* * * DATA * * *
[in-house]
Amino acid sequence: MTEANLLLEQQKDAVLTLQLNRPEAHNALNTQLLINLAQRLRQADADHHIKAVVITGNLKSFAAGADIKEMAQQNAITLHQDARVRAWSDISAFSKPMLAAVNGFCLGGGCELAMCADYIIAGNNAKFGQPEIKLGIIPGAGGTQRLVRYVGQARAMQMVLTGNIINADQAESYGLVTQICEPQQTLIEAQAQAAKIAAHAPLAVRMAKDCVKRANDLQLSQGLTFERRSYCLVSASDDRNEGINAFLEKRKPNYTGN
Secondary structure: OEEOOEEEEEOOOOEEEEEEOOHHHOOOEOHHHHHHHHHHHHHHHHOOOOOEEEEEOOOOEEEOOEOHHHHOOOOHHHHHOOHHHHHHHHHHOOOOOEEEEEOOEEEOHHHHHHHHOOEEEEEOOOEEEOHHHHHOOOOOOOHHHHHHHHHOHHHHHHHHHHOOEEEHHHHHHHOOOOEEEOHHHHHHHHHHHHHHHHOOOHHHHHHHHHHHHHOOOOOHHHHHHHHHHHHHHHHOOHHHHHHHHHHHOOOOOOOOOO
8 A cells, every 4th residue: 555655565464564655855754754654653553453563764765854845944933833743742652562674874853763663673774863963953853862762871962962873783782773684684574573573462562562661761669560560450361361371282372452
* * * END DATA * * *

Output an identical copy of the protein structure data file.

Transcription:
[in-house]
Amino acid sequence: MTEANLLLEQQKDAVLTLQLNRPEAHNALNTQLLINLAQRLRQADADHHIKAVVITGNLKSFAAGADIKEMAQQNAITLHQDARVRAWSDISAFSKPMLAAVNGFCLGGGCELAMCADYIIAGNNAKFGQPEIKLGIIPGAGGTQRLVRYVGQARAMQMVLTGNIINADQAESYGLVTQICEPQQTLIEAQAQAAKIAAHAPLAVRMAKDCVKRANDLQLSQGLTFERRSYCLVSASDDRNEGINAFLEKRKPNYTGN
Secondary structure: OEEOOEEEEEOOOOEEEEEEOOHHHOOOEOHHHHHHHHHHHHHHHHOOOOOEEEEEOOOOEEEOOEOHHHHOOOOHHHHHOOHHHHHHHHHHOOOOOEEEEEOOEEEOHHHHHHHHOOEEEEEOOOEEEOHHHHHOOOOOOOHHHHHHHHHOHHHHHHHHHHOOEEEHHHHHHHOOOOEEEOHHHHHHHHHHHHHHHHOOOHHHHHHHHHHHHHOOOOOHHHHHHHHHHHHHHHHOOHHHHHHHHHHHOOOOOOOOOO
8 A cells, every 4th residue: 555655565464564655855754754654653553453563764765854845944933833743742652562674874853763663673774863963953853862762871962962873783782773684684574573573462562562661761669560560450361361371282372452